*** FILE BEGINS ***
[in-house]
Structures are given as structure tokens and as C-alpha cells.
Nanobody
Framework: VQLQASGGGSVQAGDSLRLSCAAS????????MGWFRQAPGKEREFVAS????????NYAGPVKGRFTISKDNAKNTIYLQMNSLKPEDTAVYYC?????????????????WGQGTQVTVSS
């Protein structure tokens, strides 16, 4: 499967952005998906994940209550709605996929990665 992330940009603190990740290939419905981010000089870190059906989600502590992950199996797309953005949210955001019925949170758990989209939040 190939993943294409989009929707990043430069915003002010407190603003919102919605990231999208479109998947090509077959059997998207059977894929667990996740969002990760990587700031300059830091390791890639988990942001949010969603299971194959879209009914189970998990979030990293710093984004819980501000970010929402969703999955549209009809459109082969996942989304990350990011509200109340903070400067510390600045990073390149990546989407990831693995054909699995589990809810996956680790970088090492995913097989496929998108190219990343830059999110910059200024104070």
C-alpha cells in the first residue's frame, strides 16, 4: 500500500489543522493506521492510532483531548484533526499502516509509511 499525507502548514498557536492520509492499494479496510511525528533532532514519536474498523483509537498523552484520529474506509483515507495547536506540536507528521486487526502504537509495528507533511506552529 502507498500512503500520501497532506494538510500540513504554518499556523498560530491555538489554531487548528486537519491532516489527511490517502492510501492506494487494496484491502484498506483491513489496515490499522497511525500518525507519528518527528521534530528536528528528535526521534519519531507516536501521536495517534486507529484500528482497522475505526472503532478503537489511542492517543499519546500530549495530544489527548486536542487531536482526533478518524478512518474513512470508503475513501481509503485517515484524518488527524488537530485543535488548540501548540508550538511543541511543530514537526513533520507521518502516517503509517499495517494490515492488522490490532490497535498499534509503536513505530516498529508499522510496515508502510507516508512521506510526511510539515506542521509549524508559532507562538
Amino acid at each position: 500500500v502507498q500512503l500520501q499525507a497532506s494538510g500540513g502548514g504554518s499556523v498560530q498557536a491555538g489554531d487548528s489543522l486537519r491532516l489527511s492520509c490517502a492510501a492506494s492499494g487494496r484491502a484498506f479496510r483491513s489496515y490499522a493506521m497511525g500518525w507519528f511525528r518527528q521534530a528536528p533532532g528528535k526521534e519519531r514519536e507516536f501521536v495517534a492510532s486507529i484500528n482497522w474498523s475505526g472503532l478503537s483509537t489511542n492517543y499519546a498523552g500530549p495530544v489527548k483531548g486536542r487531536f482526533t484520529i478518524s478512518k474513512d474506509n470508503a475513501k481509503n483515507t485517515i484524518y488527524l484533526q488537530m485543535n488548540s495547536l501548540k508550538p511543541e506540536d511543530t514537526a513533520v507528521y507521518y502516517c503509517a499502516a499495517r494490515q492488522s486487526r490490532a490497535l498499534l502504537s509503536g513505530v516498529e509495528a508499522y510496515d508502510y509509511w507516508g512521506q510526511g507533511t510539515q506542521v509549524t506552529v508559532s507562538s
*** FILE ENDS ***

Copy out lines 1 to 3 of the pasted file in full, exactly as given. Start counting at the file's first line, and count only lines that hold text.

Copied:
[in-house]
Structures are given as structure tokens and as C-alpha cells.
Nanobody